The real issue brought to the attention of the senators on the Judiciary Committee was the inability of the Department of Corrections to make a decision concerning the closing of SCI Pittsburgh. The last four years have been a roller coaster ride for the employees. Now the department has extended it by another two years leaving us to still wonder, "Should we stay or should we go?" This is not a plan; it is a Band-Aid.

This issue is not about a longer commute for the employees. Understand that the employees displaced will be taking the revenue that we generate out of Allegheny County. We are also the hundreds of volunteers who fight your fires, deliver food to the elderly and coach your children's Little League teams. Since the well-being of the employees is not paramount, then maybe the PG editorial board should at least consider the effect overcrowding has on the safety of the inmates.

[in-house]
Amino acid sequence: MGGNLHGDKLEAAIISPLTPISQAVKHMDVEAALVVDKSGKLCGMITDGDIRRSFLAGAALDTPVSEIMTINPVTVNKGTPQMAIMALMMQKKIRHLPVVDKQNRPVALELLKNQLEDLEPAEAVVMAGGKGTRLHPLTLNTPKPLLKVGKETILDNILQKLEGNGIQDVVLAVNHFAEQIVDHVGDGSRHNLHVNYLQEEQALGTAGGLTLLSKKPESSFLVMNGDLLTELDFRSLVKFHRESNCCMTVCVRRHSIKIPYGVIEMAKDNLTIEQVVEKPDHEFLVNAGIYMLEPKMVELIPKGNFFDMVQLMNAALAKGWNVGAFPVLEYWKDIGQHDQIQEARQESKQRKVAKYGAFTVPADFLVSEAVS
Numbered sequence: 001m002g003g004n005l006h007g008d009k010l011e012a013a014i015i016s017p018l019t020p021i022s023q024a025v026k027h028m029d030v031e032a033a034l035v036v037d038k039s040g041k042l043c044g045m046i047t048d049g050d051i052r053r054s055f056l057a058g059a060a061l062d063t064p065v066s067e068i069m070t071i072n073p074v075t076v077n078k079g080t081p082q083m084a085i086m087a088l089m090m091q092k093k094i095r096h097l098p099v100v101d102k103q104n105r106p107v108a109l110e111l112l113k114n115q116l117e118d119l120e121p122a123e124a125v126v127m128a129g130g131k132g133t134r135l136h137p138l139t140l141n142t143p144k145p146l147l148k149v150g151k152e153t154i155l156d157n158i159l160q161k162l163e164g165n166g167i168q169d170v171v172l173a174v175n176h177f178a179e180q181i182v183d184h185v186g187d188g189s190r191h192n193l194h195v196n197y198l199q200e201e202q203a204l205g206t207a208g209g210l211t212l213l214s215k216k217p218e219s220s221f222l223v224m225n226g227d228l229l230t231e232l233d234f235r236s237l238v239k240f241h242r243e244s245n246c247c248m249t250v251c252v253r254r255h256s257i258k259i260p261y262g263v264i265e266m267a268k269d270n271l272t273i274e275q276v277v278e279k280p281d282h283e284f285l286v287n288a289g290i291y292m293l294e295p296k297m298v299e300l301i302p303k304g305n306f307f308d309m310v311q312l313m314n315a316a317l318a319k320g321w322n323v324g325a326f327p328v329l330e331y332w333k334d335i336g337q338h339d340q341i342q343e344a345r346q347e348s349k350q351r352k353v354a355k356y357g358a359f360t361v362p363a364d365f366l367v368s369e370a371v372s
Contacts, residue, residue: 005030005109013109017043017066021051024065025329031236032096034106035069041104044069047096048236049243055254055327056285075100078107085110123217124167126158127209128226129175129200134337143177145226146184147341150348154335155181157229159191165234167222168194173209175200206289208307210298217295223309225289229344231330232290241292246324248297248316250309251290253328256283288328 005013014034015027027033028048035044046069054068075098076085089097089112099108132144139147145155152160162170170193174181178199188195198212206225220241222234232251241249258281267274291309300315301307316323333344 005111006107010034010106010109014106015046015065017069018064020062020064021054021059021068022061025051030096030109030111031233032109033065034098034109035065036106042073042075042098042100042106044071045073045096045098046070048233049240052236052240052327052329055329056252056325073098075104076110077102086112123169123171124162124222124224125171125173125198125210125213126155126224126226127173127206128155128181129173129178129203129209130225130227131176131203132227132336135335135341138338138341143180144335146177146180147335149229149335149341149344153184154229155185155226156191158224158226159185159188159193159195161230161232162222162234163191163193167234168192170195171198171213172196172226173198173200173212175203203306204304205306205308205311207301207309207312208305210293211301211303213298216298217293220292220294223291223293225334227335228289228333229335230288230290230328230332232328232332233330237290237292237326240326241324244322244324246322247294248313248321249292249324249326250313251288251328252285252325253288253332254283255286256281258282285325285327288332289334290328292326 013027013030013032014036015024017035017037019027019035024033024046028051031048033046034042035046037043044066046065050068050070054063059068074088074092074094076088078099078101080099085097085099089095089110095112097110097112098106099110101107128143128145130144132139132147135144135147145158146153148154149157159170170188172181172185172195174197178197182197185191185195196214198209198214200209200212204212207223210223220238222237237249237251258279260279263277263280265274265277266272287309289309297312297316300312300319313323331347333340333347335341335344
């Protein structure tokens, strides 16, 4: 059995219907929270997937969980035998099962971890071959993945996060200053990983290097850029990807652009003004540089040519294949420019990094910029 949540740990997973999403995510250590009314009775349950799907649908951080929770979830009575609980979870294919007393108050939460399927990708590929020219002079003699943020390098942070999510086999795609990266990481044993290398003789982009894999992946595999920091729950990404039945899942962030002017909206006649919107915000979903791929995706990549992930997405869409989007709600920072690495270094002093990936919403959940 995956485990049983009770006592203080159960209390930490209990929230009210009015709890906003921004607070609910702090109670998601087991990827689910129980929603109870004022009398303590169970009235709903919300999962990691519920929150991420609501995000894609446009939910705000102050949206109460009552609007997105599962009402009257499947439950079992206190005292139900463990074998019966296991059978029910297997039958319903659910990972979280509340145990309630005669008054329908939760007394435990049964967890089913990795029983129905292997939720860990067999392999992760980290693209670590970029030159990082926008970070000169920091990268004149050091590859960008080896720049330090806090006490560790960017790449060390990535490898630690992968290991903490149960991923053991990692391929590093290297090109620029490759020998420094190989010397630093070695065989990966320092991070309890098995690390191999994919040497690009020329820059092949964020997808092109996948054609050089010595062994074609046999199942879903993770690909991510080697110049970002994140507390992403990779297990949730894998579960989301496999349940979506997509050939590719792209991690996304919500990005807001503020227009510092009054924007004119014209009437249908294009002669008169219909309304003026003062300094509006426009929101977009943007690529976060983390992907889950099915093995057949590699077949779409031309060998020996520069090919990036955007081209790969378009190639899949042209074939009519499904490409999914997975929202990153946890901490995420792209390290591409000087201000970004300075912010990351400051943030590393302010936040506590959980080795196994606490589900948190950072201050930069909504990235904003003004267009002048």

If the Department of Corrections is looking to save money, why doesn't it fire the statisticians who estimated this year's inmate population would drop by 288 when it has already increased by over 1,200 to date, not to mention the 1,700 parole absconder warrants outstanding? If the "Chester Arthur era" institution is so inefficient, then why has the Department of Corrections spent $100 million in taxpayer funds in upgrades and renovation over the last 20 years?